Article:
enter image description hereI have 2 outlets, I want to replace with switch outlet combo (outlet always hot).

But looking online, I keep seeing everything has only one white neutral, but in my case, both outlets have a black hot and white neutral wire along with the grounds twisted together. In other words, each outlet has its own romex cable with 3 wires.

Am I not able to replace this outlet with a switch combo because it has 2 neutrals?

This is confusing me. Thanks.

  • Are the outlets on different breakers? How about a picture of the outlet box and combo switch.
    – JACK
    Nov 10, 2019 at 1:05
  • Added pic to original post. Sorry, I guess I meant one outlet 2 receptacles? So I just switched off one breaker. Old outlet on left, switch combo on right. Nov 10, 2019 at 1:20
  • Also from the looks of it, it isn't going directly to the breaker but both romex cables are coming from 2 other outlets. The top receptacle wires are coming from an outlet directly right of it, and the bottom receptacle are coming from a third outlet even further right. There are about 4 outlets connected to one breaker and the one I opened up appears to be the last outlet in the chain of outlets. Nov 10, 2019 at 1:31
  • Can you clarify just what you intend the switch to do in this case if you want to keep the single outlet "always hot"?
    – Michael Karas
    Nov 10, 2019 at 1:44
  • You're removing a GFCI outlet. Where are all these outlets on this breaker located? What will the switch control if the outlet's always hot?
    – JACK
    Nov 10, 2019 at 1:45

1 Answer 1


Let's take a look at what we have here

You have 2 cables, and each one has (presumably) hot, neutral and ground. It is normal for all grounds simply to be all tied to each other;

The old device is definitely a GFCI or AFCI, no doubt of it.

So what you're viewing as "each socket powered by a separate cable" is actually the GFCI device being what it is. It has one hot/neutral pair (called "LINE") that inputs power from the supply, and from there, power goes through the GFCI electronics. The output of the GFCI electronics provides a zone of protection, and that goes to the other hot-neutral pair (called "LOAD") to be carried onward to other outlets. It also protects the sockets on GFCI receptacles (not every GFCI device is a receptacle).

So each cable does not power each socket at all. The positions are sheer coincidence. Both sockets are connected together along with the LOAD wires, and all together are on the protected side of the GFCI.

Any socket-type outlet in the protected zone requires a "GFCI Protected" sticker.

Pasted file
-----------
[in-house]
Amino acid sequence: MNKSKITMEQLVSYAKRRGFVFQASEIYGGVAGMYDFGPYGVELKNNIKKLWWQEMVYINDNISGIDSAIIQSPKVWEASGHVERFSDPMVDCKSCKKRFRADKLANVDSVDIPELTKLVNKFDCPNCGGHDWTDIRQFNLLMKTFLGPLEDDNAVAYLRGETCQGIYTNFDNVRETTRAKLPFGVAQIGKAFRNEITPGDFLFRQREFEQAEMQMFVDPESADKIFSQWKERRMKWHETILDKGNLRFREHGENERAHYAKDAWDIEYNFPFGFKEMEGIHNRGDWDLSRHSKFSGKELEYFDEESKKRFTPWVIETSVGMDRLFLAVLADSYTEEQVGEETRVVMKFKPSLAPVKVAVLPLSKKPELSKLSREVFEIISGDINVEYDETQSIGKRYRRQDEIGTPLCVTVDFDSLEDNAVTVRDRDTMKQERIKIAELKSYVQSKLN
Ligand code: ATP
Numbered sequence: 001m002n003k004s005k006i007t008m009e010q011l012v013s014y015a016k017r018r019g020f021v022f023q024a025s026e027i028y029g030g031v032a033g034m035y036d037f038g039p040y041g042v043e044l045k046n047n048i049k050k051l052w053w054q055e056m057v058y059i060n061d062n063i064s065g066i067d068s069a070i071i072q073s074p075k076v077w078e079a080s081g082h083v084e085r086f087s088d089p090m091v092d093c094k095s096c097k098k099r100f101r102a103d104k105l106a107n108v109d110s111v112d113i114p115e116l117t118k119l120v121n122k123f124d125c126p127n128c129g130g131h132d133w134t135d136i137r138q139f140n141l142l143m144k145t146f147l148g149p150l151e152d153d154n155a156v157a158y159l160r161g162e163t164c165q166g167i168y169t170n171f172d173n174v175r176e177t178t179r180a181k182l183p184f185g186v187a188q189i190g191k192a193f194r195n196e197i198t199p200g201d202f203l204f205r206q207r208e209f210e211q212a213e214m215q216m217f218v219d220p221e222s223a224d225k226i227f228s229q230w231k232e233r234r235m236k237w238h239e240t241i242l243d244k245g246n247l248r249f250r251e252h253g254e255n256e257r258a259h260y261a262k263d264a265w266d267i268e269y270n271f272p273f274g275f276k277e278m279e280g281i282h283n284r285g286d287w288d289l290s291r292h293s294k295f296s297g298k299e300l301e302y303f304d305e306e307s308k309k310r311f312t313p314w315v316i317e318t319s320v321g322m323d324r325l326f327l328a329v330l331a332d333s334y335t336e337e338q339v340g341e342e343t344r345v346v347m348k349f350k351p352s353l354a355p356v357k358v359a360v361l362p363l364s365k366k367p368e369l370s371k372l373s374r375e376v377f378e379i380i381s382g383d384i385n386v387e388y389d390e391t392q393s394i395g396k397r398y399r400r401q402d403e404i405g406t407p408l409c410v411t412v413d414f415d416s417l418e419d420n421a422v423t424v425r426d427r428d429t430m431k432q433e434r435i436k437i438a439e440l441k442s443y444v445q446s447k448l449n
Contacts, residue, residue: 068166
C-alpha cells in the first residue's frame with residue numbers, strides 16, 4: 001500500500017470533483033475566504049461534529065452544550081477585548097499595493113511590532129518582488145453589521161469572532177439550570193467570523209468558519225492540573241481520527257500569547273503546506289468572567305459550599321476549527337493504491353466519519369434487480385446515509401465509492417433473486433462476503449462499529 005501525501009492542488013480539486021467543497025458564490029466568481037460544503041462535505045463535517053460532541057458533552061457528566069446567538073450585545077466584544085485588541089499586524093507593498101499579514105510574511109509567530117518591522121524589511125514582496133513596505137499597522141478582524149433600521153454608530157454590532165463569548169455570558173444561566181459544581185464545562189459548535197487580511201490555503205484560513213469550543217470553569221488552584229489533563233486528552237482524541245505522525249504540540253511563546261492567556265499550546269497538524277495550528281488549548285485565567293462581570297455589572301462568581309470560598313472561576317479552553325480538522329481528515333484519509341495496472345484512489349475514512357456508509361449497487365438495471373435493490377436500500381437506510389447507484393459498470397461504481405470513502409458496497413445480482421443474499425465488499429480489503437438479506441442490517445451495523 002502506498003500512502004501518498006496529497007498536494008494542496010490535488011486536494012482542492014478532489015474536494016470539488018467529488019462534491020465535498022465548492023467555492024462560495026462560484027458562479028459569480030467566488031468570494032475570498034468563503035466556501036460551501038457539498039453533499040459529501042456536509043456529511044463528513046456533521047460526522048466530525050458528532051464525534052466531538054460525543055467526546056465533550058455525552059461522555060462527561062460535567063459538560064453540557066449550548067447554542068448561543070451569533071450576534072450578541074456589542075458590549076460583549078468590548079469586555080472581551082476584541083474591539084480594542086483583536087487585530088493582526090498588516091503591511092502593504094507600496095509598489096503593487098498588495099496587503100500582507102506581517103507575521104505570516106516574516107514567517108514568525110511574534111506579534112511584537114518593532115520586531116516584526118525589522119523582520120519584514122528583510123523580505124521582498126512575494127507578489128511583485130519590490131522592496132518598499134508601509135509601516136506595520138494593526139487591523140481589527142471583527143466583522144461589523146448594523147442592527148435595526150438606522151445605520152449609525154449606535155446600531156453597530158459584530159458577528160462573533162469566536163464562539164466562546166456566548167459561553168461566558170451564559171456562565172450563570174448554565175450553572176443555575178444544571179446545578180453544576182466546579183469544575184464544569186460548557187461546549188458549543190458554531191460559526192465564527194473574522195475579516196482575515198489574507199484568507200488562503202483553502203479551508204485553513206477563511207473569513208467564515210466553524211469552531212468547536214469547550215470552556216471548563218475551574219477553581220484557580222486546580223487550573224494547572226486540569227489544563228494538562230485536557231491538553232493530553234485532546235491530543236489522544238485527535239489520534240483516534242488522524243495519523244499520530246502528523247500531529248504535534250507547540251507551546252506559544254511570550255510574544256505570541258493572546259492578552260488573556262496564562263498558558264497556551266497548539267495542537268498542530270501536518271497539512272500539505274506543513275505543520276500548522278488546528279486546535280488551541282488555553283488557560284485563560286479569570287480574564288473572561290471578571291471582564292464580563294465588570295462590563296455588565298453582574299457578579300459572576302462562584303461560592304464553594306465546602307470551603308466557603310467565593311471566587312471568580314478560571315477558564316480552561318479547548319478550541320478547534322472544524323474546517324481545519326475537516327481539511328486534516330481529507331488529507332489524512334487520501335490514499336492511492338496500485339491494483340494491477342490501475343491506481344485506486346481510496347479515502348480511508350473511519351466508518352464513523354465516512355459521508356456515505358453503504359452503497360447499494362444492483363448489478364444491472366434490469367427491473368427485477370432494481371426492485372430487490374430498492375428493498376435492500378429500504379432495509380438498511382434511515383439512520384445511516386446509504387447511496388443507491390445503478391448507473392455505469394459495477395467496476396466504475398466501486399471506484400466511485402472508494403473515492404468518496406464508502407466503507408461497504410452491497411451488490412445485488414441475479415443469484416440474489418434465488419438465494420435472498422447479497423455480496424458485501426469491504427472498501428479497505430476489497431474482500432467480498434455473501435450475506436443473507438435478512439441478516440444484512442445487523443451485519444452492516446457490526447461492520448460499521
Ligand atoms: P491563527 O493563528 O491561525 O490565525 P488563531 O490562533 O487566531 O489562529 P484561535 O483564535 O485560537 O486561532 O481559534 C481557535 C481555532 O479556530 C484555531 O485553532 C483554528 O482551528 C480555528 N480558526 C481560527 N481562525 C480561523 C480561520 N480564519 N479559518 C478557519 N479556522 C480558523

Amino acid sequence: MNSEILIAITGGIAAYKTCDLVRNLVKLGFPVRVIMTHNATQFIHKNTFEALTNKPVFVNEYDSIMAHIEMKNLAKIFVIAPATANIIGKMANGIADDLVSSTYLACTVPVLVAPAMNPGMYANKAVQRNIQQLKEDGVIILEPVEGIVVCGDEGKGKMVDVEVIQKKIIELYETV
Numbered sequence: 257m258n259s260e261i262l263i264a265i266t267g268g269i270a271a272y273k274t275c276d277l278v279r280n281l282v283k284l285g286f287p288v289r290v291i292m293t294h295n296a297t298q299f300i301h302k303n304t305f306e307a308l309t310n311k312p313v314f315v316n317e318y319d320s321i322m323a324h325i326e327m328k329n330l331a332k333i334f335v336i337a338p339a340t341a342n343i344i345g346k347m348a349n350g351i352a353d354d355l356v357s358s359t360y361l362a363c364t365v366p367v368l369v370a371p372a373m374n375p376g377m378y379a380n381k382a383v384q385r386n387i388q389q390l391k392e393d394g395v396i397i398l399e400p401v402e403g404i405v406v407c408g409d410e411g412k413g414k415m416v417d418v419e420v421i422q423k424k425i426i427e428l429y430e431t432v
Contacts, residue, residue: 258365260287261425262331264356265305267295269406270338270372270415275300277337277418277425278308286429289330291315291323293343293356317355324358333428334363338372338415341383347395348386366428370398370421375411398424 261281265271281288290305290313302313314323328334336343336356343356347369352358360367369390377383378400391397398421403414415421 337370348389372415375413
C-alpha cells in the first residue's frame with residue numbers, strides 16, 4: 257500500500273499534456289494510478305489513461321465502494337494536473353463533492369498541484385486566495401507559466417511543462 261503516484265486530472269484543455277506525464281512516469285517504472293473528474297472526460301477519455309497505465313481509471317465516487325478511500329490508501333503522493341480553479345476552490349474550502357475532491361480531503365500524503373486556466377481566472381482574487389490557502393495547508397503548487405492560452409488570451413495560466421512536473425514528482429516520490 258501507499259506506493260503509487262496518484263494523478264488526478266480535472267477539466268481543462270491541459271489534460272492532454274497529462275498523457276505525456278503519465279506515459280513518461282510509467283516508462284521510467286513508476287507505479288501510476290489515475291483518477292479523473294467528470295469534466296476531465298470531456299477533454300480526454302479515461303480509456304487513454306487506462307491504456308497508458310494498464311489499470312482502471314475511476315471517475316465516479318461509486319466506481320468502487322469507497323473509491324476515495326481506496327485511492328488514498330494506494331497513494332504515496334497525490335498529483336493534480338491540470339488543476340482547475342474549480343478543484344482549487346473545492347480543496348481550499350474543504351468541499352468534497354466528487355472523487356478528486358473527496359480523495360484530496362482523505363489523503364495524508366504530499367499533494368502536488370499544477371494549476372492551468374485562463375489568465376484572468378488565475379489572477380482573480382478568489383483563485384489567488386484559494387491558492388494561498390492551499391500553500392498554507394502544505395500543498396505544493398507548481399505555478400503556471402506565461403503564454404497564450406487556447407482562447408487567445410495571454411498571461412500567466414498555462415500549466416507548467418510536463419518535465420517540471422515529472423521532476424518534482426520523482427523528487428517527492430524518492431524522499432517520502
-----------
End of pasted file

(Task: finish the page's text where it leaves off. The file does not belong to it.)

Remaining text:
And this actually caused you to waste a lot of money.

GFCI Roundup

It sounds like you have way more GFCIs than you have circuits. That will cause you problems when a GFCI trips for cause ,because all the upstream GFCIs will also trip, and they are very picky about reset sequence.

See this answer for how to untangle that.

Now that you have a pile of GFCIs, identify every circuit in your house that doesn't have any GFCIs at all, and spread the love by finding the first receptacle in the chain. However do not put GFCI protection on safety devices such as refrigerators, radon pumps, fire alarms, etc. where a nuisance trip will poison or kill people.

Grandfathering: you can't downgrade

ALL kitchen receptacles are required to be GFCI. Even if this outlet was grandfathered, you can't downgrade: you can't remove protection you already do have. This means 2 things:

  • This receptacle must remain GFCI
  • The downline circuit must be protected by GFCI

Now as the other answer describes, the other receps could be protected merely by siting a GFCI at the next recep. However, this recep still needs protection.

Fortunately, a dual GFCI+receptacle+switch is indeed an item that is sold. It is exactly what you have there (the new one) but with GFCI protection on the receptacle. The wiring to the screws is the same as the old GFCI receptacle. The switch is not on any screws; it is handled as two pigtail wires which you can do with as you please. Noting that hardwired lighting does not need GFCI protection.

That 20A-keyed socket+switch is an expensive beast, having just bought one myself. Take it back. You may find the incremental cost to a GFCI version of that isn't much more than what you are returning.

  • Thanks for the reply. So apparently every single kitchen outlet is protected because there are 2 original gfcis, and all outlets around were connected to it via load connection. I removed the redundant gfci I installed a while ago near the sink. Kept the original gfci that was pictured (and removed at the time). Returned the outlet/switch combo. Bought a 20 amp switch, connected it to the gfci in a 2 gang box. Its all working at intended. Nov 21, 2019 at 8:41

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